Figure 4 Anemia and anemic-induced CECs enhance susceptibility to infection in female mice. (A) A schematic representation of the anti-TER119 antibody treatment and intranasal infection of mice with B. pertussis bacteria. (B) Cumulative data of number of isolated B. pertussis shown as colony forming units (CFUs) from the lung homogenates of control (IgG2b-treated) and anemic (anti-TER119-treated) mice 2 and 4 days’ post-infection. (C) A schematic representation of the anti-TER119 antibody treatment, isolation of splenic CECs, tail vein injection of CECs and intranasal infection of mice with B. pertussis. (D) Representative flow cytometry plots of percentages of CECs in the spleen of control versus CEC-treated female mouse. (E) Cumulative data of number of isolated B. pertussis from the lung homogenates of control (RBC-injected) and CEC-injected mice 2, and (F) 4 days’ post-infection. (G) Representative flow cytometry plots, and (H) cumulative data of central macrophages in female versus male mice. Each point represents data from an individual mouse, representative of at least two independent experiments. Bar, mean ± standard error.
Higher Abundance of Central Macrophages in the Spleen of Female Mice
To better understand the mechanism underlying significantly greater percentages of CECs in the spleen of female versus male mice, we reasoned to determine EE in female versus male mice. To test this hypothesis, we studied the presence of erythroblastic islands (EBIs) (43) in the spleen of female and male adult mice. These islands are niches where central macrophages interact closely with RBCs in their different stages of proliferation/maturation and engulf free nuclei as they are extruded from the reticulocytes (44). We analyzed the presence of central macrophages defined as CD11b−CD169+F4/80+VCAM1+ according to a recent study (45). It is worth mentioning that under rapid stress erythropoiesis after treatment with phenylhydrazin (PHZ) the phenotype of splenic central macrophages appears to be different. During the recovery process from anemia early EBI niches are enriched with phenotypically more monocyte-like cells expressing high CD11b and Ly6C but low F4/80, CD169and Vcam-1 levels (46). As shown in Figures 4G, H and Supplemental Figures S3H, I, we observed significantly higher proportion and absolute number of central macrophages in spleens of female compared to male mice either BALB/c or C57BL/6 strain. Therefore, enriched central macrophages in the spleen of female mice might in part explain the abundance of EBIs in females.
Expanded CECs in the Peripheral Blood of Human Females Suppress T Cell Proliferation
We have previously reported a physiologically enriched proportion of CECs in the late stage of pregnancy in pregnant women (25). In this study, we compared the frequency of CECs in the peripheral blood mononuclear cells (PBMCs) of adult non-pregnant women compared to their age-matched males. We found females had significantly higher levels of CECs in their PBMCs compared to males (Figures 5A–B, and Supplementary Figure S3J). More interestingly, we noted a significant expansion of CECs in PBMCs of women post-menstrual cycle (Figure 5C).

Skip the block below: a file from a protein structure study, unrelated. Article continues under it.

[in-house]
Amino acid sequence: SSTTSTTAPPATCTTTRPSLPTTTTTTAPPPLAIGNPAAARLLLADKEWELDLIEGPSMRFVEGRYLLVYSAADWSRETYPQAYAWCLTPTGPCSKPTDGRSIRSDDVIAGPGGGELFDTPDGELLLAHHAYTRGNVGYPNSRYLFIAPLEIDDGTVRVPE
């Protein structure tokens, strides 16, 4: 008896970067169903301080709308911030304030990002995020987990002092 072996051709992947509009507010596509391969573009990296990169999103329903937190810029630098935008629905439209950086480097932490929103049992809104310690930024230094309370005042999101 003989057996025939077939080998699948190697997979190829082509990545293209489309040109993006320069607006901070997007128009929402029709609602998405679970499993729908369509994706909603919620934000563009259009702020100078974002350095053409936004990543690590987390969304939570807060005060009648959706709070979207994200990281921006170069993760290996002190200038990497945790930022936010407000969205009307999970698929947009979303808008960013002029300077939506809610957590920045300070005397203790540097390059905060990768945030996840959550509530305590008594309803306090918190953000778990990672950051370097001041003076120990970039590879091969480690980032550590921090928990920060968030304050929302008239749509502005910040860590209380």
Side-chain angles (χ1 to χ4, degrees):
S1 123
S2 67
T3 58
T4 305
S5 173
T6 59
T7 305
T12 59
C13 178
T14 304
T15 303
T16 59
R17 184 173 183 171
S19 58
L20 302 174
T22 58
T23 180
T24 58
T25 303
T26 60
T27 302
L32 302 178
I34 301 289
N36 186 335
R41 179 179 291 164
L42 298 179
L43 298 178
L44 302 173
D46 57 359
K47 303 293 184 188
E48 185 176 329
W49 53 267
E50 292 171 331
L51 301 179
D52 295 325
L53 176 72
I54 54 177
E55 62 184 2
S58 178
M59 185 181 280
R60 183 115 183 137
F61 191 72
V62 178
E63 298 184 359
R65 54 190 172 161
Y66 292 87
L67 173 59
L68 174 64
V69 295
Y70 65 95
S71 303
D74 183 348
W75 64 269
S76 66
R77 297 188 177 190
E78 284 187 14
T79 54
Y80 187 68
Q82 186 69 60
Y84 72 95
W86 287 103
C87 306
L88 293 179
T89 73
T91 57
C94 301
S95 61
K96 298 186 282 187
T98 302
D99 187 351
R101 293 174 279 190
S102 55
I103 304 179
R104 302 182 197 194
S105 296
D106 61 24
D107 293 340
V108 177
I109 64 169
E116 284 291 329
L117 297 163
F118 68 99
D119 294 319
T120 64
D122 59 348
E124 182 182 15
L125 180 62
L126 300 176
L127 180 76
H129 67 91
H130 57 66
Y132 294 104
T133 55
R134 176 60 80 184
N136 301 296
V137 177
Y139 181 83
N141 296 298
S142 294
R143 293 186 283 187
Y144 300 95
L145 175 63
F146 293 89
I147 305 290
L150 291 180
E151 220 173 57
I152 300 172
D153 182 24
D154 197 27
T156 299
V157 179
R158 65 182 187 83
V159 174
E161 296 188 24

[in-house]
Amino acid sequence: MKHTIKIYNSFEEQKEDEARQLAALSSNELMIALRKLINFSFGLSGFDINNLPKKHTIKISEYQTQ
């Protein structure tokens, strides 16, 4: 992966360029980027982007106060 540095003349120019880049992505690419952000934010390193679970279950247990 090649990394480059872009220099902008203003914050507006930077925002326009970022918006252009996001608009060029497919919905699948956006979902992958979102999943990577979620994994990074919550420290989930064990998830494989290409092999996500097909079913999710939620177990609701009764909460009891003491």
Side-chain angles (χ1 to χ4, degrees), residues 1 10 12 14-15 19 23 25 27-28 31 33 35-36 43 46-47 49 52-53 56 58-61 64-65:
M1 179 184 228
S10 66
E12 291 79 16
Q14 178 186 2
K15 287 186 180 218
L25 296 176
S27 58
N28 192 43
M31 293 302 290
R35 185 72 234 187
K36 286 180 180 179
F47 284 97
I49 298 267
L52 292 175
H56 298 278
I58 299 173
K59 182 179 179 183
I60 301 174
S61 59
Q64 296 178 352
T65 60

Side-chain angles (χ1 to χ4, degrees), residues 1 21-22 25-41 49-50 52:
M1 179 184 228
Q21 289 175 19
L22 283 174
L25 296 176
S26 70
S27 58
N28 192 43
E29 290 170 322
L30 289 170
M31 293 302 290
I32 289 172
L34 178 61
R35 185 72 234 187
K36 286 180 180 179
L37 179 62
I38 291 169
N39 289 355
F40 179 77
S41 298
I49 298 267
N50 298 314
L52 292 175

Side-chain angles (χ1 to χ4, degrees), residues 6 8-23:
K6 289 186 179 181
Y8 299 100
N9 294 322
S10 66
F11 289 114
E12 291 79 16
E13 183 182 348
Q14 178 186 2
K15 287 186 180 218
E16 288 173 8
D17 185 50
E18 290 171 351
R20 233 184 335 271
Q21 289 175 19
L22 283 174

Figure 5 CECs are more abundant in human females and suppress T cell activation and IFN-γ production. (A) Representative flow cytometry plots, and (B) cumulative data of percentages of CECs in males versus females (>15 subjects/group). (C) Cumulative data of % CECs in females pre-and post-menstrual cycle. (D) Representative flow cytometry plots of percent CD45+ subpopulation and ROS expression in CECs. (E) Cumulative data of MFI for ROS expression in CD45− and CD45+ CECs in women. (F) Representative flow cytometry plots, and (G) cumulative data of CD4+ T cell proliferation as measured by CFSE dilution in the absence or presence of CECs at indicated ratios following stimulation with anti-CD3/CD28 for 3 days. (H) Representative flow cytometry plots, and (I) cumulative data of CD8+ T cell proliferation in the absence or presence of CECs at indicated ratios following stimulation with anti-CD3/CD28 for 3 days. (J) Histogram plots, and (K) cumulative data of CD69 expression on CD4+ and CD8+ T cells in the absence or presence (1:1 ratio) of CECs following stimulation with anti-CD3/CD28 for 24 h with or without supplementation with L-arginine (2 mM) in females. (L) Representative flow plots, and (M) cumulative data of IFN-γ production by CD4+ T cells in the absence or presence of CECs at different ratios (CECs : CD4) after stimulation with anti-CD3/CD28 for 6 h. Unstimulated (Unstim), stimulated with anti-CD3/CD28 (stim). Each point represents data from an individual woman, data are from three different study subjects. Bar, mean ± standard error.